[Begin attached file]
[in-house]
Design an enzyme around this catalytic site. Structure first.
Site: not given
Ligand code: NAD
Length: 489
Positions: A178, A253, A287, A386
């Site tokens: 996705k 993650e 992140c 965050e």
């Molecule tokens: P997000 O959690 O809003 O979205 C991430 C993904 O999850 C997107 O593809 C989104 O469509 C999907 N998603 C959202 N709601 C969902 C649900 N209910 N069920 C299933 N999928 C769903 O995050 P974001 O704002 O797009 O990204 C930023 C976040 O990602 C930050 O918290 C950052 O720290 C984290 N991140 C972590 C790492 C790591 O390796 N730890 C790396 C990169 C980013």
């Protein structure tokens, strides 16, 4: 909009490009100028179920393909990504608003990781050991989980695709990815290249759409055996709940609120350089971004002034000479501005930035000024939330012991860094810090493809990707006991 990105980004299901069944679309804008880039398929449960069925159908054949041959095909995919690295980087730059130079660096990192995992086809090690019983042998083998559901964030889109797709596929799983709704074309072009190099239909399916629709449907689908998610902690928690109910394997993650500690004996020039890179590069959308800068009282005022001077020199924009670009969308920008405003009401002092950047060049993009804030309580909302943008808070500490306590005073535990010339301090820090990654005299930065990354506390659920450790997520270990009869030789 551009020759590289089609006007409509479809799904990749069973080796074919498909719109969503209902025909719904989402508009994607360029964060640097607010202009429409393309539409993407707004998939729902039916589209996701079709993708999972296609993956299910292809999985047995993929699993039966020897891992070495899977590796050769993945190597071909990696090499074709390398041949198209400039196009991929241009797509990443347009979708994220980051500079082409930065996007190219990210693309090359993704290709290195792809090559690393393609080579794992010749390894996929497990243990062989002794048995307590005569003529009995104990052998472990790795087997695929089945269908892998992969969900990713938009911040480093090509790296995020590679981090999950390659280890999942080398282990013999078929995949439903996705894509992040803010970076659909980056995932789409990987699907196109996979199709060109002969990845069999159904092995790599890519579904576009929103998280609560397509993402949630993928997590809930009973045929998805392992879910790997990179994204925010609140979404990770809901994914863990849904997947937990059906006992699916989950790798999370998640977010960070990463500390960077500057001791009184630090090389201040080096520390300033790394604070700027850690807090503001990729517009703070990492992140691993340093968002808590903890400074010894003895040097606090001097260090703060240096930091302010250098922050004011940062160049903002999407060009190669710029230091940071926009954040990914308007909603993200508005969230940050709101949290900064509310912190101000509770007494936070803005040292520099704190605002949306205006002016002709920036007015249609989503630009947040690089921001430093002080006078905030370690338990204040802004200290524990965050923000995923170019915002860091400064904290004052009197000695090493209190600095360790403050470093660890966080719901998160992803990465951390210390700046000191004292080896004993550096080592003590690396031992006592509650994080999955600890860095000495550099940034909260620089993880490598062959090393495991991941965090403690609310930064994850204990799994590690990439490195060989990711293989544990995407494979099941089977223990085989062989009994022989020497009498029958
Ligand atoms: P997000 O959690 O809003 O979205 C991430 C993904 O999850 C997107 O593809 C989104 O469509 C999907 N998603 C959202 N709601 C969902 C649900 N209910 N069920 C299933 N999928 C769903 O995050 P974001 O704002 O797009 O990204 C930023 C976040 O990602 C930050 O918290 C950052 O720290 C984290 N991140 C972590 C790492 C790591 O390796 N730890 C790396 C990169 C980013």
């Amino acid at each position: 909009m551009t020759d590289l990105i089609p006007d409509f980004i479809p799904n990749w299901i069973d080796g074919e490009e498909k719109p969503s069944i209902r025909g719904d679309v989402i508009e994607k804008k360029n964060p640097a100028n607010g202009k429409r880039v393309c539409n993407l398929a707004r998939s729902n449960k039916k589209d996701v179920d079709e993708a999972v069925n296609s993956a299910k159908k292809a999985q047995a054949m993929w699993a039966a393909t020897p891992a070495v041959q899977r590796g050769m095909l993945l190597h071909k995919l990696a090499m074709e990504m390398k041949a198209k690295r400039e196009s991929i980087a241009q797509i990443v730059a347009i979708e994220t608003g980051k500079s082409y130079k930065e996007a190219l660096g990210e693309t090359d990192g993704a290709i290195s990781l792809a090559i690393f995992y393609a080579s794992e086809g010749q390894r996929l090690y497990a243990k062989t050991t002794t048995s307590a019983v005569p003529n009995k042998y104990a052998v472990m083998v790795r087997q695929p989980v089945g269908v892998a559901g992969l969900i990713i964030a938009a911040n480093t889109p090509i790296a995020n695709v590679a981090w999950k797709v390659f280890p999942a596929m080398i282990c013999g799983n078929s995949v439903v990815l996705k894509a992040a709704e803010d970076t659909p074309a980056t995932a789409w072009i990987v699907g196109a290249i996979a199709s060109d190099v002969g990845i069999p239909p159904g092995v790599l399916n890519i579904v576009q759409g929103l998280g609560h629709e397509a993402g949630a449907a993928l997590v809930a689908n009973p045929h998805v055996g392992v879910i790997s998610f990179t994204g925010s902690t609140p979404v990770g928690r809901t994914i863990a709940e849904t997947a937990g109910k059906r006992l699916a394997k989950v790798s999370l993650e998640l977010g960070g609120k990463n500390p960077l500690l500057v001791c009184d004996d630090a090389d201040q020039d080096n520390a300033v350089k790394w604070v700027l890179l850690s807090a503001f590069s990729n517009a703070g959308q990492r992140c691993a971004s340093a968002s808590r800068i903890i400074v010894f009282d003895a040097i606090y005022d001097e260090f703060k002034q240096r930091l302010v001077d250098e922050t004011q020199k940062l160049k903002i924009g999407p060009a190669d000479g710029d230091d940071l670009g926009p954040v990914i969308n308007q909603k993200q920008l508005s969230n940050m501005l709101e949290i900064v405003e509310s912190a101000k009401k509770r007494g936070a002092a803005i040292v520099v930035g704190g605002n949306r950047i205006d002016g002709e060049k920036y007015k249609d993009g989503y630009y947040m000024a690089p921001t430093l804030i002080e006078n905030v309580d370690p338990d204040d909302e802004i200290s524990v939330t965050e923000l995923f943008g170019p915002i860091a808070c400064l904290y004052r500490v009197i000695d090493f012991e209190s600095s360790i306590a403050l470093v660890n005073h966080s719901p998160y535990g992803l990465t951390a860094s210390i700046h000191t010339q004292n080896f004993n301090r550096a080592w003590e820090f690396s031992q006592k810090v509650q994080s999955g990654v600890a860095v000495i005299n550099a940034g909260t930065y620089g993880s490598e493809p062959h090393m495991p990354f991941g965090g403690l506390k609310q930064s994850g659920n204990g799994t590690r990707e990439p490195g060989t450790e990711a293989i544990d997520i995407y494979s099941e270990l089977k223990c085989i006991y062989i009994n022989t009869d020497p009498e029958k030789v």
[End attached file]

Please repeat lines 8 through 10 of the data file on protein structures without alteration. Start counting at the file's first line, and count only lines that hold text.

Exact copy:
């Molecule tokens: P997000 O959690 O809003 O979205 C991430 C993904 O999850 C997107 O593809 C989104 O469509 C999907 N998603 C959202 N709601 C969902 C649900 N209910 N069920 C299933 N999928 C769903 O995050 P974001 O704002 O797009 O990204 C930023 C976040 O990602 C930050 O918290 C950052 O720290 C984290 N991140 C972590 C790492 C790591 O390796 N730890 C790396 C990169 C980013």
């Protein structure tokens, strides 16, 4: 909009490009100028179920393909990504608003990781050991989980695709990815290249759409055996709940609120350089971004002034000479501005930035000024939330012991860094810090493809990707006991 990105980004299901069944679309804008880039398929449960069925159908054949041959095909995919690295980087730059130079660096990192995992086809090690019983042998083998559901964030889109797709596929799983709704074309072009190099239909399916629709449907689908998610902690928690109910394997993650500690004996020039890179590069959308800068009282005022001077020199924009670009969308920008405003009401002092950047060049993009804030309580909302943008808070500490306590005073535990010339301090820090990654005299930065990354506390659920450790997520270990009869030789 551009020759590289089609006007409509479809799904990749069973080796074919498909719109969503209902025909719904989402508009994607360029964060640097607010202009429409393309539409993407707004998939729902039916589209996701079709993708999972296609993956299910292809999985047995993929699993039966020897891992070495899977590796050769993945190597071909990696090499074709390398041949198209400039196009991929241009797509990443347009979708994220980051500079082409930065996007190219990210693309090359993704290709290195792809090559690393393609080579794992010749390894996929497990243990062989002794048995307590005569003529009995104990052998472990790795087997695929089945269908892998992969969900990713938009911040480093090509790296995020590679981090999950390659280890999942080398282990013999078929995949439903996705894509992040803010970076659909980056995932789409990987699907196109996979199709060109002969990845069999159904092995790599890519579904576009929103998280609560397509993402949630993928997590809930009973045929998805392992879910790997990179994204925010609140979404990770809901994914863990849904997947937990059906006992699916989950790798999370998640977010960070990463500390960077500057001791009184630090090389201040080096520390300033790394604070700027850690807090503001990729517009703070990492992140691993340093968002808590903890400074010894003895040097606090001097260090703060240096930091302010250098922050004011940062160049903002999407060009190669710029230091940071926009954040990914308007909603993200508005969230940050709101949290900064509310912190101000509770007494936070803005040292520099704190605002949306205006002016002709920036007015249609989503630009947040690089921001430093002080006078905030370690338990204040802004200290524990965050923000995923170019915002860091400064904290004052009197000695090493209190600095360790403050470093660890966080719901998160992803990465951390210390700046000191004292080896004993550096080592003590690396031992006592509650994080999955600890860095000495550099940034909260620089993880490598062959090393495991991941965090403690609310930064994850204990799994590690990439490195060989990711293989544990995407494979099941089977223990085989062989009994022989020497009498029958
Ligand atoms: P997000 O959690 O809003 O979205 C991430 C993904 O999850 C997107 O593809 C989104 O469509 C999907 N998603 C959202 N709601 C969902 C649900 N209910 N069920 C299933 N999928 C769903 O995050 P974001 O704002 O797009 O990204 C930023 C976040 O990602 C930050 O918290 C950052 O720290 C984290 N991140 C972590 C790492 C790591 O390796 N730890 C790396 C990169 C980013």